Closing Marketing Gaps to Compete in the New Normal
Brittany and Marie joined Ethan Lieber on the Latchel podcast to discuss marketing gaps and how property managers can compete in an industry that’s only growing more crowded and more competitive. Ethan wanted to know how a property management company can position itself and build relationships to add the marketing fuel that’s needed to grow.
Here’s what they had to say.
Fourandhalf as Property Management Experts
Fourandhalf is a marketing agency that creates and implements owner lead generating plans for property management companies. The main goal is to help property management companies grow through owner acquisition. They partner with their clients to get found online by property owners, which requires marketing strategies that target their ideal owners. Some of the marketing campaigns Fourandhalf manages include blogs and content creation, websites, SEO ads, and reputation management.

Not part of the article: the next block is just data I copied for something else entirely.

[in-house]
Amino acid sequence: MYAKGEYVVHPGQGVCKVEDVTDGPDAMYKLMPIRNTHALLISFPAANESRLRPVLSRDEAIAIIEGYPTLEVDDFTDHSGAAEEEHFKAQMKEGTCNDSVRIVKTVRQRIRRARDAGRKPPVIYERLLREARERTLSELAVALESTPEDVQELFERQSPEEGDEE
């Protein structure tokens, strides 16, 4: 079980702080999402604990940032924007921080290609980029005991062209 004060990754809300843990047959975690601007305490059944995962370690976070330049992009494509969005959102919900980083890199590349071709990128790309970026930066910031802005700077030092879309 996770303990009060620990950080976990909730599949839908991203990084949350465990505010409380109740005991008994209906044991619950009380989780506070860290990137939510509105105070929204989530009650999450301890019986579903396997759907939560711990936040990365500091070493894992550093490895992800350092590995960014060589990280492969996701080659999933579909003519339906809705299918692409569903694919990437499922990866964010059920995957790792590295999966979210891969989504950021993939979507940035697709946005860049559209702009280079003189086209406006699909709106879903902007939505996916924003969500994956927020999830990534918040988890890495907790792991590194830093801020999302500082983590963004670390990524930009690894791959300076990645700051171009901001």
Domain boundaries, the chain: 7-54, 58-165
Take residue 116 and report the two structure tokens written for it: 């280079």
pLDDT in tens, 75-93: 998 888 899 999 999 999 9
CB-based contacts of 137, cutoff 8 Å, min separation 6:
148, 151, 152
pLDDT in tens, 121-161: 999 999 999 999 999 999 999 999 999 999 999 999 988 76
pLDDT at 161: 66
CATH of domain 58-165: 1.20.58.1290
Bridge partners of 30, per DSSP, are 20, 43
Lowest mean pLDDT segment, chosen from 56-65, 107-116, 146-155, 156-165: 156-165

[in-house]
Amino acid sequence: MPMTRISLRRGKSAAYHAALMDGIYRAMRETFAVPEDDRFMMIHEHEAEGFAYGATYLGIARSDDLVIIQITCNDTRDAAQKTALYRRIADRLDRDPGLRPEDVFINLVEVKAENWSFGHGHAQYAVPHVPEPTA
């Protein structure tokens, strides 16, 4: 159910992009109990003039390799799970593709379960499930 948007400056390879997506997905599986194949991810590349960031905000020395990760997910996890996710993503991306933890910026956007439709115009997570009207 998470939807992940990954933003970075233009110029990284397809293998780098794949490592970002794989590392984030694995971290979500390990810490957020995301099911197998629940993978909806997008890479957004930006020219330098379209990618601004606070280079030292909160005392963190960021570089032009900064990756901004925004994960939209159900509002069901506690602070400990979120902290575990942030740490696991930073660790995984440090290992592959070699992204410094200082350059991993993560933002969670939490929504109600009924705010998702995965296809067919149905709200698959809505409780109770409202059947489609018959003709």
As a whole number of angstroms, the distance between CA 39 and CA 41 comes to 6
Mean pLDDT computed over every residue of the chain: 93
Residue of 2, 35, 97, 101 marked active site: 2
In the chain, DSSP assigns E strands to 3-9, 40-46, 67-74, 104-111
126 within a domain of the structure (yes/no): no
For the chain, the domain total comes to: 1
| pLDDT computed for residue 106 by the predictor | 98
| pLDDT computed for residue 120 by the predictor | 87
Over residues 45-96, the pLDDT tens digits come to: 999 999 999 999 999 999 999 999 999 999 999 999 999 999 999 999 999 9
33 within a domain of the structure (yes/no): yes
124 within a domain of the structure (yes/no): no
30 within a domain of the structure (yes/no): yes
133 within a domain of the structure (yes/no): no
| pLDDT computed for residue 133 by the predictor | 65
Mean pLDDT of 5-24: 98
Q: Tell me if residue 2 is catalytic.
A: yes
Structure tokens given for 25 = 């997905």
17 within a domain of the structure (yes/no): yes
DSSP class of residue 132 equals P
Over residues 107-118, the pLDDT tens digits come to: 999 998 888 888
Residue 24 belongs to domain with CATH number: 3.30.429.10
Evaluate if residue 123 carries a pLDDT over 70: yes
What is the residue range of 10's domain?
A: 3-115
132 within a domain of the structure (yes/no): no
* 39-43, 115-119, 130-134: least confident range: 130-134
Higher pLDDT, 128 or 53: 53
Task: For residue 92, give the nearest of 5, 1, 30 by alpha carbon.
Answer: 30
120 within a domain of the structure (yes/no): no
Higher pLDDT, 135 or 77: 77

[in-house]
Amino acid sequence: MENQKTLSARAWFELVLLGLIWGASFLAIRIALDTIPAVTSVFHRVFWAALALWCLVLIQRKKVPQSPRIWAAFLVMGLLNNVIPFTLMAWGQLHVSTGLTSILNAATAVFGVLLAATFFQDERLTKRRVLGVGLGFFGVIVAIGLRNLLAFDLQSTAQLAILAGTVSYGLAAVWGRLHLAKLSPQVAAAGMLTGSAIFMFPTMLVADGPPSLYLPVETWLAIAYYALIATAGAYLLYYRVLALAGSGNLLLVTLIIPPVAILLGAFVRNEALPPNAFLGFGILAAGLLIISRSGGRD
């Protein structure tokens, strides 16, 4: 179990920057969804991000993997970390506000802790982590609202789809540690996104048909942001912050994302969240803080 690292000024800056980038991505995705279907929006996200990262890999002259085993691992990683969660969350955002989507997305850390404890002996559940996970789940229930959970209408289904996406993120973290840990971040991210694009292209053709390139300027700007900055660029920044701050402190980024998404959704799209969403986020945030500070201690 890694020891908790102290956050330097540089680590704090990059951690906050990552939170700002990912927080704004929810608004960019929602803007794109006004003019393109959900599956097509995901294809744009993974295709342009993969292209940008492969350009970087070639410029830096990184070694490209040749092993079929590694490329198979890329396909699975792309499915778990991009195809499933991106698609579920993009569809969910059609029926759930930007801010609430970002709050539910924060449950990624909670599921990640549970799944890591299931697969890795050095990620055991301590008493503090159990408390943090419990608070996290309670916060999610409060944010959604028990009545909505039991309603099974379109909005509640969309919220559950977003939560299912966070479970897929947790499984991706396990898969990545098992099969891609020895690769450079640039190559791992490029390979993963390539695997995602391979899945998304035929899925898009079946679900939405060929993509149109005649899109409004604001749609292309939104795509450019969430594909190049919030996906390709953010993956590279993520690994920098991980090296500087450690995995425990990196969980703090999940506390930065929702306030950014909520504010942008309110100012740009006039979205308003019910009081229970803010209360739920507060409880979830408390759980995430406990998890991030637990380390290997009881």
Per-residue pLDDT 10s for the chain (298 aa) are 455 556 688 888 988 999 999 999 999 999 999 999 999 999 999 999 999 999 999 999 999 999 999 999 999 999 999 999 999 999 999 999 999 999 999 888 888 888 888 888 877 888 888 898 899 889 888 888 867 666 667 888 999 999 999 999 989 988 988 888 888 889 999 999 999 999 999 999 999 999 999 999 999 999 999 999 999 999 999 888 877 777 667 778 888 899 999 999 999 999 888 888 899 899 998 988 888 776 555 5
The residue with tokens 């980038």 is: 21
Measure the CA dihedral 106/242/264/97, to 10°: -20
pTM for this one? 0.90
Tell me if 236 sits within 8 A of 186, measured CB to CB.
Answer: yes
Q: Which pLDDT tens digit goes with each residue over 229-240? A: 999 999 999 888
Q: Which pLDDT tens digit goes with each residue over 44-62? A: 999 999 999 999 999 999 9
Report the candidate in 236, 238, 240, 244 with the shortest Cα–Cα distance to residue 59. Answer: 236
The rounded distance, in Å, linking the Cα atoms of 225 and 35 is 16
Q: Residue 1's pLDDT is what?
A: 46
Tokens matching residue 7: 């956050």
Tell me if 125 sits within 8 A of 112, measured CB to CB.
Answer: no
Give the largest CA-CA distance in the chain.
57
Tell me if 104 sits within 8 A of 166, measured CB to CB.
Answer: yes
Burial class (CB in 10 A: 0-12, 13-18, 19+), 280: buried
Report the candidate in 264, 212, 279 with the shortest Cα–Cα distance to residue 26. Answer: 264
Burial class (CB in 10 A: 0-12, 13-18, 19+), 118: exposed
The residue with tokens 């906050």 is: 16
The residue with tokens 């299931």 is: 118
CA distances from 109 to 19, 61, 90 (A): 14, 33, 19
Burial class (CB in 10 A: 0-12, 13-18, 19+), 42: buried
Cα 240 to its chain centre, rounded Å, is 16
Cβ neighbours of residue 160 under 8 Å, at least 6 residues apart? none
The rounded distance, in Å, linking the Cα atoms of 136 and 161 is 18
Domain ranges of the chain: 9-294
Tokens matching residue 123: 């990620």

Most Fourandhalf clients already have the foundation of their business set up. A good marketing campaign will work best when the operational side of your property management business is ready to go and ready to grow. Marketing and leads need infrastructure to be effective. Even the best marketing plans won’t work if no one is there to answer the phone and engage with leads.
Over the last five years, a lot of people have wanted to get into the property management space to build a monthly recurring revenue model. Fourandhalf can work with people who are starting from scratch, but it’s a challenge because marketing takes time.
Sometimes, newcomers to the industry believe that property management is just managing homes, but there’s a lot more involved, and that’s why Fourandhalf has also served as a connection hub for people in the industry. If you’re not ready for marketing, this company will put you in touch with the people who can help you build your foundation and prepare for the marketing component.
Acquiring a New Client: Close the Holes in Your Funnel
Most property management companies can think about their marketing and sales process as a funnel. At the end of the funnel is the client. The top part gathers everything that’s needed for marketing. You’re bringing people into the funnel, and you want to make sure there’s not a hole in that funnel. You want to make sure the funnel goes somewhere. That’s how you get marketing to work.
When people come to Fourandhalf, they’re usually doing some sort of marketing already, even if they don’t realize it’s marketing. Most business owners reach out for help when they realize they aren’t sure of what they’re doing, or they don’t have the time to do it right.